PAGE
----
In the world of games-as-a-service, sports titles seem like the ideal candidates for experimenting with new models that don’t rely on the traditional release structure.
We already have a few examples of games that build from a base release, such as Hearthstone and League of Legends. We’re unlikely to ever see a Hearthstone 2 or League of Legends 2, because the games themselves exist in a non-static form. They constantly evolve, with new characters and mechanics added through live updates.
With games such as FIFA and Madden becoming so reliant on their online modes, and the importance of annual gameplay changes decreasing, many have pondered when a company such as EA might try and shift their sports titles over to a similar model. Indeed, EA has done exactly that with its mobile iterations of the series, but the console games remain rooted in the established console annual release model.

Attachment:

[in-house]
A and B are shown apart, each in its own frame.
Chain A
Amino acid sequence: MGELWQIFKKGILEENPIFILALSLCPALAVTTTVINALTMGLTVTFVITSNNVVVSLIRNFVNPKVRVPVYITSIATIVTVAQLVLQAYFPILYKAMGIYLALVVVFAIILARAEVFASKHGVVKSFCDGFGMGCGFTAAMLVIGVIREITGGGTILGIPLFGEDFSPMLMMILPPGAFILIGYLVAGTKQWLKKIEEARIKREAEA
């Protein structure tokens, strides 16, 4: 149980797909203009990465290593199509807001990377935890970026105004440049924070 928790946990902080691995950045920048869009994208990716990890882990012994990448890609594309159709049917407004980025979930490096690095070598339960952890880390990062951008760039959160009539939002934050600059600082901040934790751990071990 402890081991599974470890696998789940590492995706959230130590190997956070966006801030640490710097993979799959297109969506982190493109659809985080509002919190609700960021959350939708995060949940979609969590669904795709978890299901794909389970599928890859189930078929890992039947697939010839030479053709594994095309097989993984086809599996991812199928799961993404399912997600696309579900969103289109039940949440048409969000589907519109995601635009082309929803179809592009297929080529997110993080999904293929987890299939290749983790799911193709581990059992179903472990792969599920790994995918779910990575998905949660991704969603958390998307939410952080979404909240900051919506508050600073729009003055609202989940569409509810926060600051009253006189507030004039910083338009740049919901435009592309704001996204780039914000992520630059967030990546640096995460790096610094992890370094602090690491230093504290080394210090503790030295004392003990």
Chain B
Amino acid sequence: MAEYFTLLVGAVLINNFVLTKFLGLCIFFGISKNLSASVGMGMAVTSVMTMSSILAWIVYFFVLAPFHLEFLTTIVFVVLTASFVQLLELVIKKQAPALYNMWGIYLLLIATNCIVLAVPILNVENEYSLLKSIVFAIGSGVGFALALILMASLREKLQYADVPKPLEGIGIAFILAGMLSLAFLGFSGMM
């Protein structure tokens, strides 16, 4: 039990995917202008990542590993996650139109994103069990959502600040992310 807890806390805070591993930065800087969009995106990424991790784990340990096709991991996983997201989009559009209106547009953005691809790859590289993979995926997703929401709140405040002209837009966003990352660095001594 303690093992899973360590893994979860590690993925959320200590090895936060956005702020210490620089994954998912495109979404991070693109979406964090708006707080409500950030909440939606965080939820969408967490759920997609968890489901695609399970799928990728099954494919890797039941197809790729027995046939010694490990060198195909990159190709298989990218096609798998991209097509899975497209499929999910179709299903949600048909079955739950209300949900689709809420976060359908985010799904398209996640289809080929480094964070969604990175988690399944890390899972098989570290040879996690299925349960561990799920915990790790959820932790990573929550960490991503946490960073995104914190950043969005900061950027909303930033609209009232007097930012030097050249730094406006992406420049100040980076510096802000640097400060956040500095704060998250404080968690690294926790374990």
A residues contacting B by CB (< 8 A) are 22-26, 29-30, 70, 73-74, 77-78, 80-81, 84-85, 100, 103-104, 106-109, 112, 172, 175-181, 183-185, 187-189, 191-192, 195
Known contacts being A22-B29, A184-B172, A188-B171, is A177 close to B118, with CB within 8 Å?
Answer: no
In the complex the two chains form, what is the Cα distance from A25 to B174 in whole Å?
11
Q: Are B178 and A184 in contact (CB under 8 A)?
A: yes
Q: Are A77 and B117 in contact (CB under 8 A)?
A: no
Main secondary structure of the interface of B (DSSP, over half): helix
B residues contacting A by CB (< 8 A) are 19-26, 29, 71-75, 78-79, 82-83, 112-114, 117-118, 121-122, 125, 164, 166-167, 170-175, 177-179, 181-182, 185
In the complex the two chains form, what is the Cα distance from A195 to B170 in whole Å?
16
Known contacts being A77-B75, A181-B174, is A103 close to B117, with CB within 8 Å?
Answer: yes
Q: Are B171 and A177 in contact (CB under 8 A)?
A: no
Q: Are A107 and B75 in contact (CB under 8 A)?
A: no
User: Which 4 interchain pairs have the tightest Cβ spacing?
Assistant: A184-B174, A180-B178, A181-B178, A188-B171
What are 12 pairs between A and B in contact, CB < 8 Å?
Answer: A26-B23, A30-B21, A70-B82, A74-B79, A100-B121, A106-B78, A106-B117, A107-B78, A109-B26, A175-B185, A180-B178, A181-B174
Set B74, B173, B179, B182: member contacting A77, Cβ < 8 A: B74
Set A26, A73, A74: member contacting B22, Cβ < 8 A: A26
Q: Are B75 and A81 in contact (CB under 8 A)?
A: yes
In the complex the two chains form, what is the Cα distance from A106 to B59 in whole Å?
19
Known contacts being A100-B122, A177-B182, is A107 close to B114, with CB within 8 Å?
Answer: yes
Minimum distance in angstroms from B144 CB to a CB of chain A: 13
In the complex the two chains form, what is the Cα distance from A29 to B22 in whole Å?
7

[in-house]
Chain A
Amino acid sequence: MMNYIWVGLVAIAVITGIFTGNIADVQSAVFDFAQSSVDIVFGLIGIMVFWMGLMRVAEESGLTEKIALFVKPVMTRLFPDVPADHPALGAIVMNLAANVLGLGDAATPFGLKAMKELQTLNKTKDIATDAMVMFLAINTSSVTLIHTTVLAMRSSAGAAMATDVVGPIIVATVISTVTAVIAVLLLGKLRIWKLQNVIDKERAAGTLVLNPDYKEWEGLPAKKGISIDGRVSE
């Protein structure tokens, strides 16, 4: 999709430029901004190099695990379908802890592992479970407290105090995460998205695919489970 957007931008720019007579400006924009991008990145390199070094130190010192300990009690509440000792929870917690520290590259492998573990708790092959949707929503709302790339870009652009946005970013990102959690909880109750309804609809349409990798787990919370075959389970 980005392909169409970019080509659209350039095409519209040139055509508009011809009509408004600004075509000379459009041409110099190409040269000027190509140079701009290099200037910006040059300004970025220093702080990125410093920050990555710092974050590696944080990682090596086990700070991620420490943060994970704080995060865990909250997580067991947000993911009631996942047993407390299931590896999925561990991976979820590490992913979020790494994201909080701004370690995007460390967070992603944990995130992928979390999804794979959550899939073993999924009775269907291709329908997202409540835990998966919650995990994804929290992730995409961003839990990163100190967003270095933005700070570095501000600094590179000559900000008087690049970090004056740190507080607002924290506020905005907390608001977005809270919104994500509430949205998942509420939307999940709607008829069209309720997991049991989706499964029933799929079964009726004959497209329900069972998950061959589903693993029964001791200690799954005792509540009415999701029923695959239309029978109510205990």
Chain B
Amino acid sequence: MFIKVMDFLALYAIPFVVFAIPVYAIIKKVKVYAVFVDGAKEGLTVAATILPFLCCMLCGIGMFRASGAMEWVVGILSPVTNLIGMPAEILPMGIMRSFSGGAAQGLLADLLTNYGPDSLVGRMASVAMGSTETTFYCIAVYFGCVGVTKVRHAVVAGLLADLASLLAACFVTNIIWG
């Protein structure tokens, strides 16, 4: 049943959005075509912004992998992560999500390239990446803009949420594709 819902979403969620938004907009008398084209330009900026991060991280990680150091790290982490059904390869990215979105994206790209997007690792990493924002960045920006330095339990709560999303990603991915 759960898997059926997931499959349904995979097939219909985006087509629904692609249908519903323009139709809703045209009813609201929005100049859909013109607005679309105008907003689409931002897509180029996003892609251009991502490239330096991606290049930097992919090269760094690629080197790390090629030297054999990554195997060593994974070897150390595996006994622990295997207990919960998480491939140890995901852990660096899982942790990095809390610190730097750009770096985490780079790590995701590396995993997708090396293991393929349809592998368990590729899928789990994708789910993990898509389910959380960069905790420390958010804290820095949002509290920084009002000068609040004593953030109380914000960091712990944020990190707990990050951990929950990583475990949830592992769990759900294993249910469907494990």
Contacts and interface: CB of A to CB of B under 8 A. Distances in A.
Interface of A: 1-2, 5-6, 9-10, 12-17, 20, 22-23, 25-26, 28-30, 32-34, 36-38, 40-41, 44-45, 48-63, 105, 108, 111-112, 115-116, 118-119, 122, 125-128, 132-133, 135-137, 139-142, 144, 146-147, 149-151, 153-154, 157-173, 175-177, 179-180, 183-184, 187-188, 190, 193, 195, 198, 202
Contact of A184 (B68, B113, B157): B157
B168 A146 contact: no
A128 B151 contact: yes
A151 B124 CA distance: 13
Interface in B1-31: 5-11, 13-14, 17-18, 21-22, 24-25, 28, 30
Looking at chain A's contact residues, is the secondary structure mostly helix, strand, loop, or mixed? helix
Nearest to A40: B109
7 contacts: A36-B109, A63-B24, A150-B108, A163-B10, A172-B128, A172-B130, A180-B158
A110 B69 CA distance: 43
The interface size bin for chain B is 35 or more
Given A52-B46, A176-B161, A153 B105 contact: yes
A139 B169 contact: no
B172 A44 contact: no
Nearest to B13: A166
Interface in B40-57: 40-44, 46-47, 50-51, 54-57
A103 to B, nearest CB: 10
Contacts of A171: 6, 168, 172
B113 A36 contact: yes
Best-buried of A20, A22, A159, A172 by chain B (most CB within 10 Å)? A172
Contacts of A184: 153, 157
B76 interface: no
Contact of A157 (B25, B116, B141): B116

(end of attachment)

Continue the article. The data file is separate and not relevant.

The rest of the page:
“There’s a world where it gets easier and easier to move that code around — where we may not have to do an annual release,” EA CEO Andrew Wilson told Bloomberg. “We can really think about those games as a 365-day, live service.
"There’s a few different things that have got to happen first. We do a lot in a FIFA game every year [and] there’s a lot of code that we make available as part of a new iteration. When we look at what we do in Korea or China, we don’t do it that way… What we see in Korea and China, what we see on mobile – I think there’s a world where that will happen in other parts of our business."
EA is already one of the few companies to offer a subscription service, with EA Access on Xbox One and Origin Access on PC. The evolution required to add per-game subscriptions feels ever-more plausible. However, until that method is able to replicate the revenues generated by a yearly £50 game, we’re unlikely to see any significant changes.